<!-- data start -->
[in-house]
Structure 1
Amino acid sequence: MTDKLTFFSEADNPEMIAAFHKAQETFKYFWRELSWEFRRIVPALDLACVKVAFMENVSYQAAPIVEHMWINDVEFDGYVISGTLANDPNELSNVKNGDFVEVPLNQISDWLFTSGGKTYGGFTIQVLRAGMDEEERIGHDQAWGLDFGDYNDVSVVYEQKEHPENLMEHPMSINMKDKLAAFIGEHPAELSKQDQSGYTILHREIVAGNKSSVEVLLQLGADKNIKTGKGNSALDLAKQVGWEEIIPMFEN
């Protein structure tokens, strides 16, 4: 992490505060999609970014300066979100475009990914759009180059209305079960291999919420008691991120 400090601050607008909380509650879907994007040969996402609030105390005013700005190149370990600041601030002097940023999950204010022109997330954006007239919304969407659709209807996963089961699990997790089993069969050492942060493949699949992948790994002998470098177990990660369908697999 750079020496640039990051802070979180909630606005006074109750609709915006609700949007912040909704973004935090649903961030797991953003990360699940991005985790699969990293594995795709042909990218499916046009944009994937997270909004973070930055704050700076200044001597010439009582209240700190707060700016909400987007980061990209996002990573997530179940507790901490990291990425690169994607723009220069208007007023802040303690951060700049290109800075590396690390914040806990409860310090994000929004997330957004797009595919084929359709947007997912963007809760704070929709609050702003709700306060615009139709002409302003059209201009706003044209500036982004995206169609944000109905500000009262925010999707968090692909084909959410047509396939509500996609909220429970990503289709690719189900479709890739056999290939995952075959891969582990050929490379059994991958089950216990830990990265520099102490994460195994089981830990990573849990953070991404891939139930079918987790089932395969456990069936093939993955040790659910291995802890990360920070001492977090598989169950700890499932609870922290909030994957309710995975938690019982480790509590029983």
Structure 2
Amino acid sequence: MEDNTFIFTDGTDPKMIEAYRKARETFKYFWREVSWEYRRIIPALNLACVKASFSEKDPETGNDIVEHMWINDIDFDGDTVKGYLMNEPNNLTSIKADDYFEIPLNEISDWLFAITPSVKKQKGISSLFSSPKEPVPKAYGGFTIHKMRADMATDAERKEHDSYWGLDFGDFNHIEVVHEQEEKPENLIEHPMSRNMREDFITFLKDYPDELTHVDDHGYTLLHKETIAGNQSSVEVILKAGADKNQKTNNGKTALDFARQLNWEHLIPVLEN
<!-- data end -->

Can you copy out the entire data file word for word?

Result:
[in-house]
Structure 1
Amino acid sequence: MTDKLTFFSEADNPEMIAAFHKAQETFKYFWRELSWEFRRIVPALDLACVKVAFMENVSYQAAPIVEHMWINDVEFDGYVISGTLANDPNELSNVKNGDFVEVPLNQISDWLFTSGGKTYGGFTIQVLRAGMDEEERIGHDQAWGLDFGDYNDVSVVYEQKEHPENLMEHPMSINMKDKLAAFIGEHPAELSKQDQSGYTILHREIVAGNKSSVEVLLQLGADKNIKTGKGNSALDLAKQVGWEEIIPMFEN
């Protein structure tokens, strides 16, 4: 992490505060999609970014300066979100475009990914759009180059209305079960291999919420008691991120 400090601050607008909380509650879907994007040969996402609030105390005013700005190149370990600041601030002097940023999950204010022109997330954006007239919304969407659709209807996963089961699990997790089993069969050492942060493949699949992948790994002998470098177990990660369908697999 750079020496640039990051802070979180909630606005006074109750609709915006609700949007912040909704973004935090649903961030797991953003990360699940991005985790699969990293594995795709042909990218499916046009944009994937997270909004973070930055704050700076200044001597010439009582209240700190707060700016909400987007980061990209996002990573997530179940507790901490990291990425690169994607723009220069208007007023802040303690951060700049290109800075590396690390914040806990409860310090994000929004997330957004797009595919084929359709947007997912963007809760704070929709609050702003709700306060615009139709002409302003059209201009706003044209500036982004995206169609944000109905500000009262925010999707968090692909084909959410047509396939509500996609909220429970990503289709690719189900479709890739056999290939995952075959891969582990050929490379059994991958089950216990830990990265520099102490994460195994089981830990990573849990953070991404891939139930079918987790089932395969456990069936093939993955040790659910291995802890990360920070001492977090598989169950700890499932609870922290909030994957309710995975938690019982480790509590029983």
Structure 2
Amino acid sequence: MEDNTFIFTDGTDPKMIEAYRKARETFKYFWREVSWEYRRIIPALNLACVKASFSEKDPETGNDIVEHMWINDIDFDGDTVKGYLMNEPNNLTSIKADDYFEIPLNEISDWLFAITPSVKKQKGISSLFSSPKEPVPKAYGGFTIHKMRADMATDAERKEHDSYWGLDFGDFNHIEVVHEQEEKPENLIEHPMSRNMREDFITFLKDYPDELTHVDDHGYTLLHKETIAGNQSSVEVILKAGADKNQKTNNGKTALDFARQLNWEHLIPVLEN